Were it me, if the shim is well made, I wouldn't bother with it. I'd simply cut each existing slot to its required depth, as is. The shim is a red herring. Consider it a part of the nut.

Last edited by charles Tauber; 07-17-2014 at 12:10 PM.
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  #37  
Old 07-18-2014, 08:46 PM
NEGuy NEGuy is offline
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Originally Posted by charles Tauber View Post
Were it me, if the shim is well made, I wouldn't bother with it. I'd simply cut each existing slot to its required depth, as is. The shim is a red herring. Consider it a part of the nut.
Ah, but you are an accomplished luthier.

Seriously, I think the "red herring" of the shim has afforded me the luxury of not having to tackle the task of cutting the nut slots.

But, alas, I guess I'll get a set of needle files and give it a go. It's not as if I'm scalloping the top bracing.

Thanks again for all your time, Charles.
.
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  #38  
Old 07-18-2014, 11:26 PM
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Frank Ford Frank Ford is offline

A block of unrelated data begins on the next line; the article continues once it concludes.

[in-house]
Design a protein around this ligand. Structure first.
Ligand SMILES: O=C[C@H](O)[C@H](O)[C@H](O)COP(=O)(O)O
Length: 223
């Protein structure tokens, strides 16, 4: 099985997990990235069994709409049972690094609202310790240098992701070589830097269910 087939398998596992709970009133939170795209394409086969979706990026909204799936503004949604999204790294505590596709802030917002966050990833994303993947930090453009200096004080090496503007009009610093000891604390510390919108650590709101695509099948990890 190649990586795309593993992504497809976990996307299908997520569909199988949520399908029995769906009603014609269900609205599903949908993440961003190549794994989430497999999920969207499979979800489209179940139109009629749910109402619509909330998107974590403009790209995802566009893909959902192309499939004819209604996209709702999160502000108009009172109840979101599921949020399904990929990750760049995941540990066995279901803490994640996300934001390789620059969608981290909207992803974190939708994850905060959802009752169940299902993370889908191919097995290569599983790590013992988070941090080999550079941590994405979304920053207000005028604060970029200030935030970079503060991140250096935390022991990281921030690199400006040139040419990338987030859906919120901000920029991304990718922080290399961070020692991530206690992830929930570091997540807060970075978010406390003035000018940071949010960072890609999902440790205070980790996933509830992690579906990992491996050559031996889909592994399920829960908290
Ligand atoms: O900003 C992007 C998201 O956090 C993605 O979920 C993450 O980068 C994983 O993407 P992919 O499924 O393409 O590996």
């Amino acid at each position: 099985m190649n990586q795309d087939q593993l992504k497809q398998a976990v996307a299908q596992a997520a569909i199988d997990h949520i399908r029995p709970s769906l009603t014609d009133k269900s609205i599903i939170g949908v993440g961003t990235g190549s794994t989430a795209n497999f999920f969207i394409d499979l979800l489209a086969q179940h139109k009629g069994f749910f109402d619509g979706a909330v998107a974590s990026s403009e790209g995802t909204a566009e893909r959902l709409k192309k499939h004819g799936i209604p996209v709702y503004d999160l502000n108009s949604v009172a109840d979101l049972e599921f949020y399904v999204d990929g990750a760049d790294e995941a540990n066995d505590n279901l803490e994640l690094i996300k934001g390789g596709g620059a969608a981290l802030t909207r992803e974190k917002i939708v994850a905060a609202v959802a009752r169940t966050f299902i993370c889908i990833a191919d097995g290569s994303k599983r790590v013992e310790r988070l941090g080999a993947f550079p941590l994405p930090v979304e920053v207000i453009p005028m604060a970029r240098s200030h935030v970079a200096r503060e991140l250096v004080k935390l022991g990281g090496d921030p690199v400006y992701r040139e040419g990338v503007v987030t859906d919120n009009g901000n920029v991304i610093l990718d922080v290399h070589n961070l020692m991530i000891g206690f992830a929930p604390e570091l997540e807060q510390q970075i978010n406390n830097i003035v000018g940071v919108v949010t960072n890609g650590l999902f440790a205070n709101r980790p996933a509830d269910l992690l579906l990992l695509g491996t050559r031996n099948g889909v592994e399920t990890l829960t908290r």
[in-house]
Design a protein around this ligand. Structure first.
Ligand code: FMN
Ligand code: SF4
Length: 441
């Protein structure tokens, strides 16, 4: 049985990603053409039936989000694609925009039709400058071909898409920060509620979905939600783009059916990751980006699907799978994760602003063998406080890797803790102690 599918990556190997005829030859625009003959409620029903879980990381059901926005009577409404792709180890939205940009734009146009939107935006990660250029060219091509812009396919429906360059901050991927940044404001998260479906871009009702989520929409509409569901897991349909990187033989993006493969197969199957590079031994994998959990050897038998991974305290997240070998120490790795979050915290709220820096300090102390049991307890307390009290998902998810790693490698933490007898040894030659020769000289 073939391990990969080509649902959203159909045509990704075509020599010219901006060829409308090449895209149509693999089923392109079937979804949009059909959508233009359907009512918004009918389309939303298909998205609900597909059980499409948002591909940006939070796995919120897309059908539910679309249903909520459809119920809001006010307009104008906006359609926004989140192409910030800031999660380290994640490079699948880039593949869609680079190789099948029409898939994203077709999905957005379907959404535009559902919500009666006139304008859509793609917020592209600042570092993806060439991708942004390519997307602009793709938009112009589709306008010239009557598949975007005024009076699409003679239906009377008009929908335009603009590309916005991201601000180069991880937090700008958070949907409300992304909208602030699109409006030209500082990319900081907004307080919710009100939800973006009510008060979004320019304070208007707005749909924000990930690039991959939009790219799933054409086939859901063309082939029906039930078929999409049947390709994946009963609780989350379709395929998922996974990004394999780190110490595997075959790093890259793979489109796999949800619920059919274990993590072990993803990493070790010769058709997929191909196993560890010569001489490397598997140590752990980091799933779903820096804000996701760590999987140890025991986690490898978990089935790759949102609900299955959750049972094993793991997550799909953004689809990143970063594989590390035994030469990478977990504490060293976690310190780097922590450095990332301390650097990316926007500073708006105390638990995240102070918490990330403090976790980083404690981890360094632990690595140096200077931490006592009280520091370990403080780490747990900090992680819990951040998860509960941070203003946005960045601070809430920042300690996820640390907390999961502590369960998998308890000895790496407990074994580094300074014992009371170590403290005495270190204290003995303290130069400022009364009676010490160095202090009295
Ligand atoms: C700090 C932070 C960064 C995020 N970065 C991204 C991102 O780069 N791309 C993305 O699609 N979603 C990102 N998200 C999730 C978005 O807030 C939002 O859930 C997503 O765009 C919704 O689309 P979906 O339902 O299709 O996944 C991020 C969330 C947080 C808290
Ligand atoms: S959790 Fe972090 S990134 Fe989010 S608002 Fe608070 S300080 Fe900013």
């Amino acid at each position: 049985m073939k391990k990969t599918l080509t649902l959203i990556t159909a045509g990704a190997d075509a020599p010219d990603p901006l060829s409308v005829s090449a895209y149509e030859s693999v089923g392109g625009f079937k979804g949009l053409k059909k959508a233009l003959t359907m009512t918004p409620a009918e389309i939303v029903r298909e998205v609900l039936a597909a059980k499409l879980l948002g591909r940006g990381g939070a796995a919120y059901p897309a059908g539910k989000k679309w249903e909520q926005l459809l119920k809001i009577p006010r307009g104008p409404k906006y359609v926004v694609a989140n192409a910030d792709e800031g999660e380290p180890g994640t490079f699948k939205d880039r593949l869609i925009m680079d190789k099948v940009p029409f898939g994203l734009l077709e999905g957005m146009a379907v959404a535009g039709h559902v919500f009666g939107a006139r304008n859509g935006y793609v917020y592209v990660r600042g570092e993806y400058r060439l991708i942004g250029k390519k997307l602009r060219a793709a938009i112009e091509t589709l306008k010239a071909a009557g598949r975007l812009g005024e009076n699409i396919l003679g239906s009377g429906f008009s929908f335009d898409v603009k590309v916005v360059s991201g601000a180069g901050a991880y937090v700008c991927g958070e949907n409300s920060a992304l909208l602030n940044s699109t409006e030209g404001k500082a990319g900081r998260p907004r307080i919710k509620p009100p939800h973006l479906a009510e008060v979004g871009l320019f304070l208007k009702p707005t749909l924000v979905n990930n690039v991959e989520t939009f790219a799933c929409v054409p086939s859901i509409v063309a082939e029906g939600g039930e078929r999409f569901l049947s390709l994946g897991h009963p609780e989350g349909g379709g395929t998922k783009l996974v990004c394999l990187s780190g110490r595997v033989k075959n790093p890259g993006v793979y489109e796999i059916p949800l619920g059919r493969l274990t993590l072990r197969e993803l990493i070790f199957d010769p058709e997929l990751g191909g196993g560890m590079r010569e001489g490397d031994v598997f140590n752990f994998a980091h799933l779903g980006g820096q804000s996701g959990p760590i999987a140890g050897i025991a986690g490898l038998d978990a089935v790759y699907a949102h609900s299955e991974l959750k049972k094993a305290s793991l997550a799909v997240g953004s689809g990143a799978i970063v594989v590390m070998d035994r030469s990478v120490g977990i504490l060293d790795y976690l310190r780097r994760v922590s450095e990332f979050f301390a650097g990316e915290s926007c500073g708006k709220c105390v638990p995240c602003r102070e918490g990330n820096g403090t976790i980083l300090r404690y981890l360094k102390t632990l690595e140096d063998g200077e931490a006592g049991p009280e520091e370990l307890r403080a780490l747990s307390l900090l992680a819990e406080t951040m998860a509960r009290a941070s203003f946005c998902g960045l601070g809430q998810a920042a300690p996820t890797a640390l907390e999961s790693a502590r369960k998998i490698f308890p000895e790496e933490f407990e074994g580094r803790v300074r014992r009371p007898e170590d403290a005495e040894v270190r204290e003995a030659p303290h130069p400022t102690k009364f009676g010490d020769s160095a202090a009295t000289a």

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Shimming the nut is usually a simple matter of sticking something underneath. In my experience, the choice of shim material is entirely cosmetic, if the nut is glued normally to the end of the fingerboard.

My favorite is a sticky mailing label:

http://www.frets.com/FretsPages/Luth...m/nutshim.html

The idea is to raise the nut just enough so that the lowest string is set correctly, or thereabouts, and then file the slots for all of them appropriate height, one at a time as needed.

I guess even the smallest problem can be overthought to the point it reaches epic proportions. . .
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  #39  
Old 07-18-2014, 11:42 PM
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rick-slo rick-slo is offline
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In regards to setting string height at nut while strings under tension, allow for the lowest alternate tuning tension you use with any frequency.
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  #40  
Old 07-19-2014, 09:21 AM
NEGuy NEGuy is offline
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Originally Posted by Frank Ford View Post
Shimming the nut is usually a simple matter of sticking something underneath. In my experience, the choice of shim material is entirely cosmetic, if the nut is glued normally to the end of the fingerboard.